Nut butters, homemade or store-bought, are the creamy and crunchy ingredients your morning toast screams for and your favorite salad dressing wouldn't be the same without. However, because these spreads are comprised of nuts and water blended into a paste-like texture, it should come as no surprise that they tend to become dry and easily get stuck to the jar. You may think that all hope is lost and want to toss it, but don't. You can heat your glass jar on the stovetop to help loosen up that stubborn nut butter.
Simply add a little water -- no more than a teaspoon -- to your jar of dried-up nut butter, place in a pot of water, and warm until its consistency is loose enough for you to easily spread. This doesn't take long, so don't walk away and leave your jar heat on the stove. If you do, your nut butter might burn and your efforts will be for nothing.
Keeping your stove temperature low should help alleviate the possibility of your spread burning, but being vigilant isn't the only precaution you need to exercise when heating a glass jar of nut butter. You also want to heat your water and glass jar slowly to help ensure your jar doesn't crack. And be sure to lose the metal lid. You don't want to steam your nut butter and create a moisture-rich environment that thins it too much. Also, metal lids conduct heat.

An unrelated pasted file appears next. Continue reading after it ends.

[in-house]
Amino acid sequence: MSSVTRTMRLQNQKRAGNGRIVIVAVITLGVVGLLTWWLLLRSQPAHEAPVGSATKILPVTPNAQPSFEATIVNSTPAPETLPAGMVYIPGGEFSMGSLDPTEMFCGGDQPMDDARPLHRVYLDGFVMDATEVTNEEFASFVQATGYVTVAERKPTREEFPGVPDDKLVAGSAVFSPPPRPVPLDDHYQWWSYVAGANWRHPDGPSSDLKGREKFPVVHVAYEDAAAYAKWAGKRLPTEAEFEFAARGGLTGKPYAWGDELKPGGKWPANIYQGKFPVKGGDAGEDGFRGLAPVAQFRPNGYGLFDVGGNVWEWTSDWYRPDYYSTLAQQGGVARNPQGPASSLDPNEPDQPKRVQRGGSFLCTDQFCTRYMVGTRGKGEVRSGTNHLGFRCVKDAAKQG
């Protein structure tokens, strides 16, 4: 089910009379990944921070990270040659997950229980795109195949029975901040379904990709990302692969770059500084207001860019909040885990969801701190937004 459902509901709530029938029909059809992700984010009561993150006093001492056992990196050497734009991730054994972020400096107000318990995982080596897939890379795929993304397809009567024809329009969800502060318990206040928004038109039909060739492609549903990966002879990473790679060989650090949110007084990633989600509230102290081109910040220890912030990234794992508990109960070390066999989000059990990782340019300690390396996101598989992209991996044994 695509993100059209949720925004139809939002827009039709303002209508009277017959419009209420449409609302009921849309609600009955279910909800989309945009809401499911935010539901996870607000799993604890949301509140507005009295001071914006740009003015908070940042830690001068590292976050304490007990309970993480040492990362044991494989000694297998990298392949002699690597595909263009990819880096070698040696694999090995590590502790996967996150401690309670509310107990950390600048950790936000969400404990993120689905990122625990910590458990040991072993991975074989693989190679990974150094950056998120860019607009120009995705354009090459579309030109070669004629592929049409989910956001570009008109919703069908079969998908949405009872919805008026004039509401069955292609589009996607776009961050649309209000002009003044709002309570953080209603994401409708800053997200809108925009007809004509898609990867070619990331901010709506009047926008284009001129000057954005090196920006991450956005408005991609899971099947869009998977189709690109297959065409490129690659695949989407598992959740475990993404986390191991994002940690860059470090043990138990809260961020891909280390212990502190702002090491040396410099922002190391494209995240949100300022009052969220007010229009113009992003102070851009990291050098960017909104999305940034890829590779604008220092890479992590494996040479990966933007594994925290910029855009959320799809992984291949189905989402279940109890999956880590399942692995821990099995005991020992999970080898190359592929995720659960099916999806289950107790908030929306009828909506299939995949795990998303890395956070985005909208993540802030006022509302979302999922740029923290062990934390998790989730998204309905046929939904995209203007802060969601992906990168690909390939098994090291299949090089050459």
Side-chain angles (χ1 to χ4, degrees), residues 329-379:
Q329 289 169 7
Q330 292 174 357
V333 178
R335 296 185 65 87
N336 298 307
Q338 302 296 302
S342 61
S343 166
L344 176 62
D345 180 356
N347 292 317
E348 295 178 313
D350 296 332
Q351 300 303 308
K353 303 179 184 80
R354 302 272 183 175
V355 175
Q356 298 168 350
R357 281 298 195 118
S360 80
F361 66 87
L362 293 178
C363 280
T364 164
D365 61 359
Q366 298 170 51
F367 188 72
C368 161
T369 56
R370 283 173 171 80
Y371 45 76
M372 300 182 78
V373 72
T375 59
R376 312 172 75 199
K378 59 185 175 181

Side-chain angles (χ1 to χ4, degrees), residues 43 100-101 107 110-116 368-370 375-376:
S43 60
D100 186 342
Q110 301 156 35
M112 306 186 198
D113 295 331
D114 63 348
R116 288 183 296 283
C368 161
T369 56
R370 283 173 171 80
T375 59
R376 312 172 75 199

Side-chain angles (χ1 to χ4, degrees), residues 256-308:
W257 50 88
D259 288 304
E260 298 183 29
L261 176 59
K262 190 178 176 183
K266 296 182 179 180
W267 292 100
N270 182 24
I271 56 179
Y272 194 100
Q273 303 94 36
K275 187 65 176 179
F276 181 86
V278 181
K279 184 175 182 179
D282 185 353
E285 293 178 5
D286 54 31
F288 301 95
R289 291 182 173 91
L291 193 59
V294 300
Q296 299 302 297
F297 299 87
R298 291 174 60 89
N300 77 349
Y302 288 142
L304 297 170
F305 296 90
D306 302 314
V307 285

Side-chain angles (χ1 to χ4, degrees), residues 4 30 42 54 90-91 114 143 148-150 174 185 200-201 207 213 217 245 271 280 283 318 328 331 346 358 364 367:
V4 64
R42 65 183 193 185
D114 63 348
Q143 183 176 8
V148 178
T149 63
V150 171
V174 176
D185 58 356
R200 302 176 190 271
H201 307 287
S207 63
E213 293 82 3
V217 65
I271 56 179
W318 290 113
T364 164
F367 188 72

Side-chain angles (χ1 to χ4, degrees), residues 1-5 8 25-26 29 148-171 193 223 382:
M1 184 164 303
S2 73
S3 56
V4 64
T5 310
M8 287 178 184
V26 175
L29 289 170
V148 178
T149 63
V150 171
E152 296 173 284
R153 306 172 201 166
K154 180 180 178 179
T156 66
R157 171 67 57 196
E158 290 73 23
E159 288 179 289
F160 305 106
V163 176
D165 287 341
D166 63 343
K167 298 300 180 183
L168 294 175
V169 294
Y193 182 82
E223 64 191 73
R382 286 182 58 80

While you do not want your nut butter to melt and become syrup-like, you do want it to straddle the line between being a solid and a liquid. Stirring your spread as it heats is a good way to monitor its consistency. When it reaches the point that you are happy with, turn off the heat and remove the glass jar from the pot of water. Don't forget to use your pot holders here or you could burn your hands. Remember, glass may not look hot but it can retain heat and cause a nasty burn.
Read the original article on Tasting Table.